Last month, Adobe released a major update for their creative video applications, which added, among other new features, the long-requested ability for a direct link between Premiere Pro and SpeedGrade. Before this update, there wasn't much reason to choose SpeedGrade over other grading applications such as DaVinci Resolve. However, now that the direct link between the two programs is in place, editors and colorists have plenty of incentive to learn SpeedGrade and incorporate it into their workflow. With that said, here's everything you need to know to get started with Adobe SpeedGrade.
These videos come to us courtesy of SpliceNPost, the NY based post house whose excellent DaVinci Resolve 10 video we recently shared. This series is pretty lengthy, but the depth and clarity of the information is absolutely fantastic. So get comfy and put on your learning hats, because it's about to get educational up in this hizzie:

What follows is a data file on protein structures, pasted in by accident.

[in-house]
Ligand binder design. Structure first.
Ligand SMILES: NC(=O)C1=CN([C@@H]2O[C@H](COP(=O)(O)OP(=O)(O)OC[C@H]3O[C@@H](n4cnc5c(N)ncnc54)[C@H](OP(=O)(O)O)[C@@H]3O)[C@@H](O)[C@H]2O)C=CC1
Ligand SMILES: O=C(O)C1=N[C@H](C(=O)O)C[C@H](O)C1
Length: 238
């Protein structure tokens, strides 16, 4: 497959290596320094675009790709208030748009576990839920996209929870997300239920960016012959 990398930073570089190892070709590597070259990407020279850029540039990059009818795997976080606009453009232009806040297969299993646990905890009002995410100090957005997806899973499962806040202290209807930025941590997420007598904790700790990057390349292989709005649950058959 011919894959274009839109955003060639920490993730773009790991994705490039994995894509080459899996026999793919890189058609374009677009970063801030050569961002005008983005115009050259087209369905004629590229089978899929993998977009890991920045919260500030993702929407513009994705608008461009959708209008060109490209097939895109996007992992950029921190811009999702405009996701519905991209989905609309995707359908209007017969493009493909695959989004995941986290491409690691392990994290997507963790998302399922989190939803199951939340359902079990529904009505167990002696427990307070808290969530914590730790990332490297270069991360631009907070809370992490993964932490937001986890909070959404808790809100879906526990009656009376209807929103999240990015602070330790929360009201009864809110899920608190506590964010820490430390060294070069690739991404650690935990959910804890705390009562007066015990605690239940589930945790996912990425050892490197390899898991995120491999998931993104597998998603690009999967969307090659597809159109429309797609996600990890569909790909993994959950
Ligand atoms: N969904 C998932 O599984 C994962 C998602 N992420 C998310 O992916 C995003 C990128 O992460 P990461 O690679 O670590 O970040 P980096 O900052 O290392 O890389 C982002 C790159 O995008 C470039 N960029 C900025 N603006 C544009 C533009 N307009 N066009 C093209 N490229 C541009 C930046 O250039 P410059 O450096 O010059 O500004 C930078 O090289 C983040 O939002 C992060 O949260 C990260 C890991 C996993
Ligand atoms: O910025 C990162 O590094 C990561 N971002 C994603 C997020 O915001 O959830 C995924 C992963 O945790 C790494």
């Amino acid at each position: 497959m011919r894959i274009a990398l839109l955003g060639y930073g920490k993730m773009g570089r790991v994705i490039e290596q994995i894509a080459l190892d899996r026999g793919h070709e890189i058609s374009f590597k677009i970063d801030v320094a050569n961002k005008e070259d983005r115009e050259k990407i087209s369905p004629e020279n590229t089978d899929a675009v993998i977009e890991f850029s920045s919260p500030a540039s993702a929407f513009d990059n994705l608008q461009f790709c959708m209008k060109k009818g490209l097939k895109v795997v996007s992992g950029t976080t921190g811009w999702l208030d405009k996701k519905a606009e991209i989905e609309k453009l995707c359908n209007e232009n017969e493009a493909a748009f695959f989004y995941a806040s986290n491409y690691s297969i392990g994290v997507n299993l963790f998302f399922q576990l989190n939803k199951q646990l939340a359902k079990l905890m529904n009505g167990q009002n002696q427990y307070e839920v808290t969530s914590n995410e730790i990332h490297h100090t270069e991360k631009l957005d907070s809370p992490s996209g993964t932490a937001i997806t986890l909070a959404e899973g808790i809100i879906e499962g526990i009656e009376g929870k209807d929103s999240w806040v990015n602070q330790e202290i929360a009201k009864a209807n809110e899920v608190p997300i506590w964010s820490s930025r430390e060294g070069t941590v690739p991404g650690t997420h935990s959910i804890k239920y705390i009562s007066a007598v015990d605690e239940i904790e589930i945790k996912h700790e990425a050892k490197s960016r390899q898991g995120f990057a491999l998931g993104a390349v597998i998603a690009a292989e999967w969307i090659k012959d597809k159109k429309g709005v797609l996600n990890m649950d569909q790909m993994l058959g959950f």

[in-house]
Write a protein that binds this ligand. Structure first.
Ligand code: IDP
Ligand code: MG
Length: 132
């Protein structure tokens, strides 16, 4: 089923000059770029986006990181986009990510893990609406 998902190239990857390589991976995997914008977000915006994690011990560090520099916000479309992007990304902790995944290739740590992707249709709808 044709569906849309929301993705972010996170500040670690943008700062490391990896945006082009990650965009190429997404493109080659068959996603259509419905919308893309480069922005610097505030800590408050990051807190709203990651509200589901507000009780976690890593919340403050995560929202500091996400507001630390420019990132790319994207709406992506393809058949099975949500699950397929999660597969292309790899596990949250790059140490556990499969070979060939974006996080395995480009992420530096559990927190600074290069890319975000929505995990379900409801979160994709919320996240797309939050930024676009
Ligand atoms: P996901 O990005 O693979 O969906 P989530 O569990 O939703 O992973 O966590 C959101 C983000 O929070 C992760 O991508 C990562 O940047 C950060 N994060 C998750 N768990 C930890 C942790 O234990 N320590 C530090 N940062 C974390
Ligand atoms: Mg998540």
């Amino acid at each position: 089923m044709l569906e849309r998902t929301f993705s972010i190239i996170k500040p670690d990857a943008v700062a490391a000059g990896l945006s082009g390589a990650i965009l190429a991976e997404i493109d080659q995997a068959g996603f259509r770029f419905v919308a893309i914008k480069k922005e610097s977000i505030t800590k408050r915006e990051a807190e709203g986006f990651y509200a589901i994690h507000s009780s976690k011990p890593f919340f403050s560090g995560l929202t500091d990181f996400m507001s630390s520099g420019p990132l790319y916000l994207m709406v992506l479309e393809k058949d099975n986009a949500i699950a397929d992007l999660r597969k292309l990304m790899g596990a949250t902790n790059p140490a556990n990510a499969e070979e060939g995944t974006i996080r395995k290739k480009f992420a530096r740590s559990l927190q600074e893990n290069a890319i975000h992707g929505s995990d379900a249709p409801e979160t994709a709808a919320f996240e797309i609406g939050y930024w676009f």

These videos serve as an excellent introduction to the SpeedGrade interface. However, it's important to note that they were in reference to the CS6 version of SpeedGrade, and not the more recent CC update, which added a few Adobe-esque refinements to the interface and workflow. Here's a quick introduction video to what changed in the CC version of the application:
Once you have an understanding of the SpeedGrade interface, the process of grading and creating looks within the program is fairly simple and straightforward. Now it's not only possible to go back and forth between Premiere and SpeedGrade with relative ease, it's even easier to create distinctive "Lumetri Looks" within SpeedGrade that can be applied to your footage in Premiere.
These looks, and the ability to incorporate them into Premiere so easily, is one of the features that really sets SpeedGrade apart. You can use it just for the ability to create looks to use in Premiere. You can use it as a full-blown grading application at the end of your pipeline (it was a professional $30k grading system 3 years ago). Or you can use it as an extremely powerful supplement to the color tools already available in Premiere. It's a tremendously versatile tool that can be used any number of ways within the Adobe video ecosystem, and learning it can benefit your color workflows in numerous ways.
What do you guys think? Will you begin to use SpeedGrade as your primary grading application now that it has been incorporated into the Adobe video workflow? What other ways could you incorporate SpeedGrade into your color workflows? Let us know in the comments!